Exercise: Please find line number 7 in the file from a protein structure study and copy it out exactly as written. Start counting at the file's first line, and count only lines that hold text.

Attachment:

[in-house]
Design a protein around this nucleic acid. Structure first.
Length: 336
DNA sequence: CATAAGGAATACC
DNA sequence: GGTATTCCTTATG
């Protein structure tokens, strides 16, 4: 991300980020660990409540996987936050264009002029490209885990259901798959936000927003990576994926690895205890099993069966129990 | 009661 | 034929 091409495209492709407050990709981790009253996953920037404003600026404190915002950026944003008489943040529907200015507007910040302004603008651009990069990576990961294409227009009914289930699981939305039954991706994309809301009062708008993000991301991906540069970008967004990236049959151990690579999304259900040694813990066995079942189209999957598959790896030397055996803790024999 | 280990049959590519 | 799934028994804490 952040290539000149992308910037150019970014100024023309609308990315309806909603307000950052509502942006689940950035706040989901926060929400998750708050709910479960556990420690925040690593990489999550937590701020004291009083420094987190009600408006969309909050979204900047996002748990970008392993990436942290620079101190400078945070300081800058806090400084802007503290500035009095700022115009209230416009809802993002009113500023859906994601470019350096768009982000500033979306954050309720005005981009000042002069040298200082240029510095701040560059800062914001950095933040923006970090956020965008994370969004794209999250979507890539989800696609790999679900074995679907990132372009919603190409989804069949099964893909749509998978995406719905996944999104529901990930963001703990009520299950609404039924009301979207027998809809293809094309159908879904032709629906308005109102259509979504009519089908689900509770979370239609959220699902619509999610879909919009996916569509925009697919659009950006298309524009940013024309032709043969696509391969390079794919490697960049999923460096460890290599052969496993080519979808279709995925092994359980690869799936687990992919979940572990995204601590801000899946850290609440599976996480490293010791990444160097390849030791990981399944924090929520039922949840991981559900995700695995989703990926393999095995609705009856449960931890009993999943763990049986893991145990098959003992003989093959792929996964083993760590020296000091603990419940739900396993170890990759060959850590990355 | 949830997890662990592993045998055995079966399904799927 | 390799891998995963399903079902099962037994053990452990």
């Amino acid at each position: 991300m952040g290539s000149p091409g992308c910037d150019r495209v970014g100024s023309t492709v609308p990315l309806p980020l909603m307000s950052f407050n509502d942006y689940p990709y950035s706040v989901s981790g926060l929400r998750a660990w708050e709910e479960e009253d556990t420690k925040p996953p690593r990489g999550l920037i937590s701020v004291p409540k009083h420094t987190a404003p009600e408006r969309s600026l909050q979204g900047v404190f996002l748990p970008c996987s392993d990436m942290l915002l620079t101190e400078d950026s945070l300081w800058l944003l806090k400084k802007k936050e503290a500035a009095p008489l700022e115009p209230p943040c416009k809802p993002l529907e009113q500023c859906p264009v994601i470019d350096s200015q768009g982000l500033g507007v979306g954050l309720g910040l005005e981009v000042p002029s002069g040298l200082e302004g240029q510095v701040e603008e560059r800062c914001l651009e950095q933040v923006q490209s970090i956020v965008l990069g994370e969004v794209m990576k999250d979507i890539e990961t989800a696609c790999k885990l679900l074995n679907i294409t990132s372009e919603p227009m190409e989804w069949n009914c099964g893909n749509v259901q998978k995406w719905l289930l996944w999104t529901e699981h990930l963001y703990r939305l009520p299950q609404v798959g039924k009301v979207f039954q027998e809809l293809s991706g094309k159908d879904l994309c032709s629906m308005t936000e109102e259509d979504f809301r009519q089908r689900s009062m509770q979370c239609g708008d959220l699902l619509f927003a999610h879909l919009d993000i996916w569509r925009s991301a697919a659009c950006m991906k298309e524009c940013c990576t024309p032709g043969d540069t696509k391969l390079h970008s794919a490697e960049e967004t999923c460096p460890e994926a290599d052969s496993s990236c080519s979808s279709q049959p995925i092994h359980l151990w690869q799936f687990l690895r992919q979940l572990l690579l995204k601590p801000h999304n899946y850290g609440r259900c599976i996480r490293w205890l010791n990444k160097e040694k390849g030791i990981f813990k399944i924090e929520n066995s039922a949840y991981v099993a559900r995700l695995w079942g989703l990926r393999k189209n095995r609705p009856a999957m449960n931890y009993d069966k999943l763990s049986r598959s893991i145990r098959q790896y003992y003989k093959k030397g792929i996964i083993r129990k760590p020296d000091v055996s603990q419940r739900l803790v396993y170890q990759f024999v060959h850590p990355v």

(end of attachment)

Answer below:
């Amino acid at each position: 991300m952040g290539s000149p091409g992308c910037d150019r495209v970014g100024s023309t492709v609308p990315l309806p980020l909603m307000s950052f407050n509502d942006y689940p990709y950035s706040v989901s981790g926060l929400r998750a660990w708050e709910e479960e009253d556990t420690k925040p996953p690593r990489g999550l920037i937590s701020v004291p409540k009083h420094t987190a404003p009600e408006r969309s600026l909050q979204g900047v404190f996002l748990p970008c996987s392993d990436m942290l915002l620079t101190e400078d950026s945070l300081w800058l944003l806090k400084k802007k936050e503290a500035a009095p008489l700022e115009p209230p943040c416009k809802p993002l529907e009113q500023c859906p264009v994601i470019d350096s200015q768009g982000l500033g507007v979306g954050l309720g910040l005005e981009v000042p002029s002069g040298l200082e302004g240029q510095v701040e603008e560059r800062c914001l651009e950095q933040v923006q490209s970090i956020v965008l990069g994370e969004v794209m990576k999250d979507i890539e990961t989800a696609c790999k885990l679900l074995n679907i294409t990132s372009e919603p227009m190409e989804w069949n009914c099964g893909n749509v259901q998978k995406w719905l289930l996944w999104t529901e699981h990930l963001y703990r939305l009520p299950q609404v798959g039924k009301v979207f039954q027998e809809l293809s991706g094309k159908d879904l994309c032709s629906m308005t936000e109102e259509d979504f809301r009519q089908r689900s009062m509770q979370c239609g708008d959220l699902l619509f927003a999610h879909l919009d993000i996916w569509r925009s991301a697919a659009c950006m991906k298309e524009c940013c990576t024309p032709g043969d540069t696509k391969l390079h970008s794919a490697e960049e967004t999923c460096p460890e994926a290599d052969s496993s990236c080519s979808s279709q049959p995925i092994h359980l151990w690869q799936f687990l690895r992919q979940l572990l690579l995204k601590p801000h999304n899946y850290g609440r259900c599976i996480r490293w205890l010791n990444k160097e040694k390849g030791i990981f813990k399944i924090e929520n066995s039922a949840y991981v099993a559900r995700l695995w079942g989703l990926r393999k189209n095995r609705p009856a999957m449960n931890y009993d069966k999943l763990s049986r598959s893991i145990r098959q790896y003992y003989k093959k030397g792929i996964i083993r129990k760590p020296d000091v055996s603990q419940r739900l803790v396993y170890q990759f024999v060959h850590p990355v």